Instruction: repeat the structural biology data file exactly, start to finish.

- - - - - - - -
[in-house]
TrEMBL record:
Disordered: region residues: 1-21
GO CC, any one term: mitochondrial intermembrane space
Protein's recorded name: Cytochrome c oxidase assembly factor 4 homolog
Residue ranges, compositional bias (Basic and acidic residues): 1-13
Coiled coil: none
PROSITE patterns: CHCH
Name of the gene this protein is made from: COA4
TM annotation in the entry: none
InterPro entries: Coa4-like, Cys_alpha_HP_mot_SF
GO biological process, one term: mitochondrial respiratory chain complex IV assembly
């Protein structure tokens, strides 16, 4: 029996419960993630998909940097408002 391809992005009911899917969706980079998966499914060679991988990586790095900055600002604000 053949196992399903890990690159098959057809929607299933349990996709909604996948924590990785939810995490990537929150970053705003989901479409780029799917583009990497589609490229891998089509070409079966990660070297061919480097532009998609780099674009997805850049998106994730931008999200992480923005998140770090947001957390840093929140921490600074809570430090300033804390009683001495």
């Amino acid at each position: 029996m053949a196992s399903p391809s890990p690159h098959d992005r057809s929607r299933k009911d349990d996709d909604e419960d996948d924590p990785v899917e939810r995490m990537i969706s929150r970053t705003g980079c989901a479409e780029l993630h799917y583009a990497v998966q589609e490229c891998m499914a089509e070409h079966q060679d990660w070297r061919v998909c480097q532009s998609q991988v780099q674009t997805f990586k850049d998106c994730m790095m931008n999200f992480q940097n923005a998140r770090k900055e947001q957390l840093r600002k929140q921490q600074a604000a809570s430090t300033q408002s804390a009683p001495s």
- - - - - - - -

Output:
[in-house]
TrEMBL record:
Disordered: region residues: 1-21
GO CC, any one term: mitochondrial intermembrane space
Protein's recorded name: Cytochrome c oxidase assembly factor 4 homolog
Residue ranges, compositional bias (Basic and acidic residues): 1-13
Coiled coil: none
PROSITE patterns: CHCH
Name of the gene this protein is made from: COA4
TM annotation in the entry: none
InterPro entries: Coa4-like, Cys_alpha_HP_mot_SF
GO biological process, one term: mitochondrial respiratory chain complex IV assembly
């Protein structure tokens, strides 16, 4: 029996419960993630998909940097408002 391809992005009911899917969706980079998966499914060679991988990586790095900055600002604000 053949196992399903890990690159098959057809929607299933349990996709909604996948924590990785939810995490990537929150970053705003989901479409780029799917583009990497589609490229891998089509070409079966990660070297061919480097532009998609780099674009997805850049998106994730931008999200992480923005998140770090947001957390840093929140921490600074809570430090300033804390009683001495």
């Amino acid at each position: 029996m053949a196992s399903p391809s890990p690159h098959d992005r057809s929607r299933k009911d349990d996709d909604e419960d996948d924590p990785v899917e939810r995490m990537i969706s929150r970053t705003g980079c989901a479409e780029l993630h799917y583009a990497v998966q589609e490229c891998m499914a089509e070409h079966q060679d990660w070297r061919v998909c480097q532009s998609q991988v780099q674009t997805f990586k850049d998106c994730m790095m931008n999200f992480q940097n923005a998140r770090k900055e947001q957390l840093r600002k929140q921490q600074a604000a809570s430090t300033q408002s804390a009683p001495s």